Several delightful botanic gardens lie hidden away amid the rolling fields of sugar cane of the island’s interior. The pick is Hunte‘s Gardens. Set in a 45m-deep sink hole formed by a collapsed cave, it is a magical world of towering palms and statues nestling in the tropical foliage, with classical music wafting around to enhance the atmosphere.
Nearby PEG Farm and Nature Reserve is also well worth visiting. In a beautiful spot just inland from the wild east coast, it is a leading light in efforts to diversify the island’s agriculture from its centuries-old dependency on sugar cane. You can take an educational tour of the biodynamic farm, or just drop in for breakfast or lunch. Its open-air café, on raised decking and enjoying 360-degree views, serves delicious food using free-range and organic produce from the farm.
Barbados is very much a place where it pays to be a little adventurous, to explore beyond your hotel compound and to engage fully with local life. It feels safe and friendly. While it is a good idea to hire a car for a day or two to explore the interior and take in the wave-bashed east coast, for short journeys consider using public buses. The mini-van versions, which belt out calypso music, are an intense and fun experience.
As well as history and scenery, food is another of Barbados’ big draws. The island aspires to be the culinary capital of the Caribbean. This is in part reflected in its many fine restaurants – more than enough to provide a different, memorable lunch and dinner every day of a two-week stay. Yet part of the island’s gastronomic attraction also rests on all the distinctive Bajan street food specialities on offer. These are the result of numerous cultural influences: African, South and North American, European. As well as sampling some of those fancy restaurants, you should snack on rotis (Chefette, the local fast-food chain, does very decent ones), salt cod fish cakes, and flying fish “cutters” – that’s what Bajans call sandwiches. Some restaurants and cafés oriented to locals serve rich and spicy pepperpot stew or so-called pudding and souse, pickled pork and sweet potato. And part of the satisfaction of eating at Oistins’ famous Fish Fry street party every Friday evening is not just the barbecued lobster, tuna, swordfish, mahi mahi and snapper, but also the accompanying servings of classic sides such as macaroni pie and rice & peas.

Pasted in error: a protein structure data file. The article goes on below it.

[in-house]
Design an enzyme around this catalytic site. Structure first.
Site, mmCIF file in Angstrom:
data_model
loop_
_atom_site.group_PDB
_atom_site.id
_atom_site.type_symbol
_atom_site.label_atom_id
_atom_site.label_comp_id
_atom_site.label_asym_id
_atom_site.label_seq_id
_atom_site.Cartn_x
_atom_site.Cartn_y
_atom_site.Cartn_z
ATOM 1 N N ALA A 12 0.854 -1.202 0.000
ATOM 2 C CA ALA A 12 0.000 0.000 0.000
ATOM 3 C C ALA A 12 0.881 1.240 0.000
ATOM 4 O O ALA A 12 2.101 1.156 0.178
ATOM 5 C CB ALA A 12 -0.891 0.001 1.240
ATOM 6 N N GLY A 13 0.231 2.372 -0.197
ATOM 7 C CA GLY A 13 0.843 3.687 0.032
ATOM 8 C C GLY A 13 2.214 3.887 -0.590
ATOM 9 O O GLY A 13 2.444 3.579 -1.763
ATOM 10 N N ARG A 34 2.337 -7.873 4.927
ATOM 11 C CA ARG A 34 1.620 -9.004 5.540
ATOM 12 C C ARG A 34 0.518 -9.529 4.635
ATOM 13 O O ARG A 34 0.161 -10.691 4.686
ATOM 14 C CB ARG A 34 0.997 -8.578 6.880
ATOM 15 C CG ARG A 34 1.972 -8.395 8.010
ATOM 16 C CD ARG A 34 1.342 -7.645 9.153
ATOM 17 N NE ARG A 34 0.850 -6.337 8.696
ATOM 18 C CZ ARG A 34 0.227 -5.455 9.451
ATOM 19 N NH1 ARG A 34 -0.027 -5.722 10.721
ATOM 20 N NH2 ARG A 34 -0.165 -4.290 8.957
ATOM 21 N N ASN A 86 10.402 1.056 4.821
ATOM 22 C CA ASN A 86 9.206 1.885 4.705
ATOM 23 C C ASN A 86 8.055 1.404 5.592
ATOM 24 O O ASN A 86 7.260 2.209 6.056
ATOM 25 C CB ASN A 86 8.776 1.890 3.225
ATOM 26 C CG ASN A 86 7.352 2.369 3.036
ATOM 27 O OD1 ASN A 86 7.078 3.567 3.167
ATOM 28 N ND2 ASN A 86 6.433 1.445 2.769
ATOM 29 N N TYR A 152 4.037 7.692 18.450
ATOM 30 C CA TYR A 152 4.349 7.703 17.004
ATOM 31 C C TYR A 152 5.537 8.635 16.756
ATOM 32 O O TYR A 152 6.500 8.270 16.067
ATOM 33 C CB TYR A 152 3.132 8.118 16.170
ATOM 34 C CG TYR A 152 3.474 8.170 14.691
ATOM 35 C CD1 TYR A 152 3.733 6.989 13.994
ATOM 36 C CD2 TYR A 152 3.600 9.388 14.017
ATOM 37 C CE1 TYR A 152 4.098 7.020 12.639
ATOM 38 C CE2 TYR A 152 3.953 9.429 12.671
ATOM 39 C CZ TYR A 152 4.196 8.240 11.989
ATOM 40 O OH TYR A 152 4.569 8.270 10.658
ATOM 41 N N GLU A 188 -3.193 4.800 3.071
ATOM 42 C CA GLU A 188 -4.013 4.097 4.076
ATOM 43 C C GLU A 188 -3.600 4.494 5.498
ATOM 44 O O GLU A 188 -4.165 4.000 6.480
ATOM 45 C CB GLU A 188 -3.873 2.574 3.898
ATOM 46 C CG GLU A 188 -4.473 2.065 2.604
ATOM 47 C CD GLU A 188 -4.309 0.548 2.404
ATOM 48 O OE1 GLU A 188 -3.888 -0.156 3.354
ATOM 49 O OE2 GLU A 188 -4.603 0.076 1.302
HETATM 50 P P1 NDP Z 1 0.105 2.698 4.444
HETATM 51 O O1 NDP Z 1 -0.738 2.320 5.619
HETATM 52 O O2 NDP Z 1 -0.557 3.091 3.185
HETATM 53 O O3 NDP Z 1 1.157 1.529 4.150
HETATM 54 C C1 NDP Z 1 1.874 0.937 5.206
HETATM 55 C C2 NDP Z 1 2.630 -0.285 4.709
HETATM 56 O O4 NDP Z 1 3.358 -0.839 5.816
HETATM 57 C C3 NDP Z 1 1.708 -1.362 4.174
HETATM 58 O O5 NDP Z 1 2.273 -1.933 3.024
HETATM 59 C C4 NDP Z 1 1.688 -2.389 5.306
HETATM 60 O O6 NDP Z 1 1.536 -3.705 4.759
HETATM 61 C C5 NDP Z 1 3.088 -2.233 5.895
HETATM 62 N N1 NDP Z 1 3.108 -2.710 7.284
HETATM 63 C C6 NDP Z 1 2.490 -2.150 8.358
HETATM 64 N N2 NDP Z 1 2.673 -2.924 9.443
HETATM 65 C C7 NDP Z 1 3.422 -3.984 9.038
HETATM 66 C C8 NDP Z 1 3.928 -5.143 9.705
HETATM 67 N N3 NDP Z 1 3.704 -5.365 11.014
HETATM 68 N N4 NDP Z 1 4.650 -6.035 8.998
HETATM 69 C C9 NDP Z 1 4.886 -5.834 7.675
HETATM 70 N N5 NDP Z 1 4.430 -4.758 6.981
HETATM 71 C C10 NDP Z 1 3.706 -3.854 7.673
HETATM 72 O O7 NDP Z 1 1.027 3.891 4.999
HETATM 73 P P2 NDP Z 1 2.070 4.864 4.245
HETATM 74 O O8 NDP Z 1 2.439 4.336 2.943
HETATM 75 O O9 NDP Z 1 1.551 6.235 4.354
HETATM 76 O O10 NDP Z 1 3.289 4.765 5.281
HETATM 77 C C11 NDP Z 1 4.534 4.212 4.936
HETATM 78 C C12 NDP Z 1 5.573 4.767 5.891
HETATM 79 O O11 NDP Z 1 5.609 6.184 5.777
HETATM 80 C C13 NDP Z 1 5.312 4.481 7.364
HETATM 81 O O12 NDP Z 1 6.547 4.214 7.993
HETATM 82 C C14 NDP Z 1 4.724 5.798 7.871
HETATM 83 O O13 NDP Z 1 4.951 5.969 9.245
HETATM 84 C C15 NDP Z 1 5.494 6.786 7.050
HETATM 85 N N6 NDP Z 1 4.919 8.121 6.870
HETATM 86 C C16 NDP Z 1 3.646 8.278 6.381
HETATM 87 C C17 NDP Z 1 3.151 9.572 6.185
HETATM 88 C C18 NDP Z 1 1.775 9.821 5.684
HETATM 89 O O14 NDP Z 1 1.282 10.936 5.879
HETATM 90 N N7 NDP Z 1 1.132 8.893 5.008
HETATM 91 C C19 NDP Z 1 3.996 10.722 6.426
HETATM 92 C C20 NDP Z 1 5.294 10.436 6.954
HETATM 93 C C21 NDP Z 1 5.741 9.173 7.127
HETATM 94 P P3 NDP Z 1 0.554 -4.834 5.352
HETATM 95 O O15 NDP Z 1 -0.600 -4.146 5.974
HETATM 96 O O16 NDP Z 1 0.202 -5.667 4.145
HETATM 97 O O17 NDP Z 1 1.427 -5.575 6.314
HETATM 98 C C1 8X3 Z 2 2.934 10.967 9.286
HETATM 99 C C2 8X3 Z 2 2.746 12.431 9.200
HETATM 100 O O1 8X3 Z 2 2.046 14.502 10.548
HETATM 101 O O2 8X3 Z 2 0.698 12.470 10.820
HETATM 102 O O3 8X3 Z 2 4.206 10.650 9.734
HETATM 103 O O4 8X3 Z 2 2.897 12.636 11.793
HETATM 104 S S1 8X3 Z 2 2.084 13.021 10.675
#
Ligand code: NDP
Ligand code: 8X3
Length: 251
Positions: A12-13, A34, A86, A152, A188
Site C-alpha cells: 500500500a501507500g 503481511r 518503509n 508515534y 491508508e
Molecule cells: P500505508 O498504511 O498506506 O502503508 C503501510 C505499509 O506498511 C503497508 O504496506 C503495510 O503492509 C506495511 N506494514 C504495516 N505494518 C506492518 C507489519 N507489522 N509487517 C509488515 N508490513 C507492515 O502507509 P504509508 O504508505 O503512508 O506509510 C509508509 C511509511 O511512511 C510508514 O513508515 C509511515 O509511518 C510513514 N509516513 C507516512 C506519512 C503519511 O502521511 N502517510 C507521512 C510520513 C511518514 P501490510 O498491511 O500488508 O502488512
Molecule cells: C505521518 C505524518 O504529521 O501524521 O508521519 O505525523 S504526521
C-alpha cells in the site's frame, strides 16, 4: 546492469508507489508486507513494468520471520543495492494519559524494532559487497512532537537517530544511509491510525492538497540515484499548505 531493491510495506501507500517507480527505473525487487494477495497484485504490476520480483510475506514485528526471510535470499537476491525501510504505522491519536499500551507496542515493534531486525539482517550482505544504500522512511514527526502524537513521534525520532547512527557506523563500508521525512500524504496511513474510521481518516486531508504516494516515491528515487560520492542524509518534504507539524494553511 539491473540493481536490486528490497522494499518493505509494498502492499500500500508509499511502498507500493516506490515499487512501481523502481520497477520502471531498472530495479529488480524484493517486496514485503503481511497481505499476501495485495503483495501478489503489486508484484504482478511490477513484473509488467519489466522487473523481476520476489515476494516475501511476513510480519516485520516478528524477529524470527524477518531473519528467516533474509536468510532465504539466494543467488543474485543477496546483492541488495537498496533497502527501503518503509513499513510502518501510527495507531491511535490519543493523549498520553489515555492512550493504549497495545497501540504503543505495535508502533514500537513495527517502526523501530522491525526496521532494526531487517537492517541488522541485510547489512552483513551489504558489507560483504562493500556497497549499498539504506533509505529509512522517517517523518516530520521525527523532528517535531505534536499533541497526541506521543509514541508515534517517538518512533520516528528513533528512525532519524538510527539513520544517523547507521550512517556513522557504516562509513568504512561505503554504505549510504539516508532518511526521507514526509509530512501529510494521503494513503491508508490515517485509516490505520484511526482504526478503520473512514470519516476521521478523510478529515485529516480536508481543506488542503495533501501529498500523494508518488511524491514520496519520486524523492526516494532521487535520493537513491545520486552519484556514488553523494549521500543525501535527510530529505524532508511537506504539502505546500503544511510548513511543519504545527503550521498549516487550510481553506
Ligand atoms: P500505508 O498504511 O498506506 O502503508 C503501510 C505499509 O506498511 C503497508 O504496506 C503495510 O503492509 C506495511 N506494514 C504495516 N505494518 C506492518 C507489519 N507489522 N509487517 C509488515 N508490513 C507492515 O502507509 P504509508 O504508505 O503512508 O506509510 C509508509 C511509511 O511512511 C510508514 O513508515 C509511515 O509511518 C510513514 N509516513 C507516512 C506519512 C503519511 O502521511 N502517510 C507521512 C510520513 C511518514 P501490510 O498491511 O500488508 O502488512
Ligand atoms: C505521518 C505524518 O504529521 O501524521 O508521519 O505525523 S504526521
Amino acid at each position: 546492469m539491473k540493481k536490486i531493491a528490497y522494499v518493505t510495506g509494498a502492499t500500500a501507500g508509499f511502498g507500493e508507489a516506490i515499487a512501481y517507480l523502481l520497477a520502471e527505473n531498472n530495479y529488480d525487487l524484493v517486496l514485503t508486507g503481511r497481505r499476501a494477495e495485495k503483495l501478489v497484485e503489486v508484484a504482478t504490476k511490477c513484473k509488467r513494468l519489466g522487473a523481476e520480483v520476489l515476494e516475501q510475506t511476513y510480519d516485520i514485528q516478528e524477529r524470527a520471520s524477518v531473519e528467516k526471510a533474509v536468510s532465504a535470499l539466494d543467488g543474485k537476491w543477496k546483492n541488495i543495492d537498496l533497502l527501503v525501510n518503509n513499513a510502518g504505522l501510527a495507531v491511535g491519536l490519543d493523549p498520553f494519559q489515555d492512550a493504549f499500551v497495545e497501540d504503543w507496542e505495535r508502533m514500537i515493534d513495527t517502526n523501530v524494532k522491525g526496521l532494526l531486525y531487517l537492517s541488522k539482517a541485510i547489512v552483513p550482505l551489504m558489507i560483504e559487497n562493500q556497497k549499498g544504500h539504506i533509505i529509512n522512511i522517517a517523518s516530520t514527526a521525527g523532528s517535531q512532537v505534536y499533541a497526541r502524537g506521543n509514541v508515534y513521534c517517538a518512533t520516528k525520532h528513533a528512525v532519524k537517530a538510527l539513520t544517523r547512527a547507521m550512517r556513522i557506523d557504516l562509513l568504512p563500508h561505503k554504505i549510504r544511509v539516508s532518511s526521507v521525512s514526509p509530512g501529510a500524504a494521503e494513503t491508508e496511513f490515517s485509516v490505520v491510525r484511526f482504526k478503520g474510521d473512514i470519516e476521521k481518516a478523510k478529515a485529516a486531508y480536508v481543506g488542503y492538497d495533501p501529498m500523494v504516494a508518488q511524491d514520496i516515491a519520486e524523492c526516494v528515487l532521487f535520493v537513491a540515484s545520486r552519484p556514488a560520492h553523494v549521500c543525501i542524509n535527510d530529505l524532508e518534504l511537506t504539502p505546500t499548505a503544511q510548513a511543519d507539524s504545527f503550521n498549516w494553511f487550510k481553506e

Rum little bars
Talking of rum – a spirit made from fermented molasses, a by-product of sugar-refining – Barbados claims to be its birthplace. The island’s most famous distillery, Mount Gay, has been operating since 1703. While there are conventional bars aplenty to sample the national tipple in the south coast’s nightlife hub of St Lawrence Gap and on the west coast in Holetown and Speightstown, to get under the skin of Barbados drop in on one or two of the island’s rum shops. With an estimated 1,500 dotted around the island, they are not hard to find.
The art of 'liming'
These rough-and-ready but colourful bars often double up as little convenience stores and function as community hubs. They are all about ‘liming’ – the local term for hanging out and shooting the breeze – playing dominoes, and of course having a glass or two of rum. Just bear in mind that in traditional rum shops the beverage is sold only in bottles, not by the glass. Thankfully, mini bottles are available, but even so it is best to plan on settling in for a slow-paced afternoon or evening...
One of the island’s top hotels, set around a powder-pink mansion near Speightstown. Intimate and unflashy, it has the feel of an English country house – but with tropical accents. All the elegant and spacious bedrooms are suites.
Road View, Speightstown, St. Peter
Outstanding, family-run, luxury hotel in a prime west-coast spot, behind a sandy inlet a short walk from the centre of lively Holetown. Bedrooms are spread around seven acres of glorious gardens, and Harold’s Beach Bar is a much-loved institution.
Porters, St. James
An early 1900s plantation house on Bridgetown’s outskirts, in an elevated spot surveying the south coast. Peacocks roam the lush grounds, the swimming pool looks like a natural pond and bedrooms are full of antiques.